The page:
Disruptions of Host Immunity and Inflammation by Giardia Duodenalis: Potential Consequences for Co-Infections in the Gastro-Intestinal Tract

Pathogens. 2015;4(4):764-792 DOI 10.3390/pathogens4040764

 

Journal Homepage

Journal Title: Pathogens

ISSN: 2076-0817 (Print)

Publisher: MDPI AG

LCC Subject Category: Medicine

Country of publisher: Switzerland

Language of fulltext: English

Full-text formats available: PDF, HTML

 

AUTHORS

James A. Cotton (Cumming School of Medicine, University of Calgary, Calgary, AB T2N 4N1, Canada)
Christina B. Amat (Department of Biological Sciences, University of Calgary, Calgary, AB T2N 1N4, Canada)
Andre G. Buret (Department of Biological Sciences, University of Calgary, Calgary, AB T2N 1N4, Canada)

EDITORIAL INFORMATION

Blind peer review

Editorial Board

Instructions for authors

Time From Submission to Publication: 11 weeks

 

Abstract | Full Text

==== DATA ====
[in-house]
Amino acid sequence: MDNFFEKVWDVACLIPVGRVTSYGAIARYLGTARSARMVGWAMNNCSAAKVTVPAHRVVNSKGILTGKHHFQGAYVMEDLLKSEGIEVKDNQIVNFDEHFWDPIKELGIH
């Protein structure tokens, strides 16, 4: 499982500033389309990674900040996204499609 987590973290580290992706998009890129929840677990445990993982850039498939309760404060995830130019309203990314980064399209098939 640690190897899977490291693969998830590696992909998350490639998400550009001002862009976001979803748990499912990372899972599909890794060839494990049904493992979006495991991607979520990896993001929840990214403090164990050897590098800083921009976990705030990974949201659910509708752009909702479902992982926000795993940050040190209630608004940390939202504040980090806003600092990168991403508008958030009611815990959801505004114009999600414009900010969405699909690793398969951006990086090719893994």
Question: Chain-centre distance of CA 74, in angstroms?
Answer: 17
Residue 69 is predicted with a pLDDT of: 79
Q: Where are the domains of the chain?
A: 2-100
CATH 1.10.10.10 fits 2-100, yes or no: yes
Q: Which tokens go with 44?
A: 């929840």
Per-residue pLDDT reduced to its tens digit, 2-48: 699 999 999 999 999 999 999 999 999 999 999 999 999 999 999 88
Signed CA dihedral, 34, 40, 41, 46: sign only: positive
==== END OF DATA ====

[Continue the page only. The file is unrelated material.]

Giardia duodenalis (syn. G. intestinalis, or G. lamblia) is a leading cause of waterborne diarrheal disease that infects hundreds of millions of people annually. Research on Giardia has greatly expanded within the last few years, and our understanding of the pathophysiology and immunology on this parasite is ever increasing. At peak infection, Giardia trophozoites induce pathophysiological responses that culminate in the development of diarrheal disease. However, human data has suggested that the intestinal mucosa of Giardia-infected individuals is devoid of signs of overt intestinal inflammation, an observation that is reproduced in animal models. Thus, our understanding of host inflammatory responses to the parasite remain incompletely understood and human studies and experimental data have produced conflicting results. It is now also apparent that certain Giardia infections contain mechanisms capable of modulating their host’s immune responses. As the oral route of Giardia infection is shared with many other gastrointestinal (GI) pathogens, co-infections may often occur, especially in places with poor sanitation and/or improper treatment of drinking water. Moreover, Giardia infections may modulate host immune responses and have been found to protect against the development of diarrheal disease in developing countries. The following review summarizes our current understanding of the immunomodulatory mechanisms of Giardia infections and their consequences for the host, and highlights areas for future research. Potential implications of these immunomodulatory effects during GI co-infection are also discussed.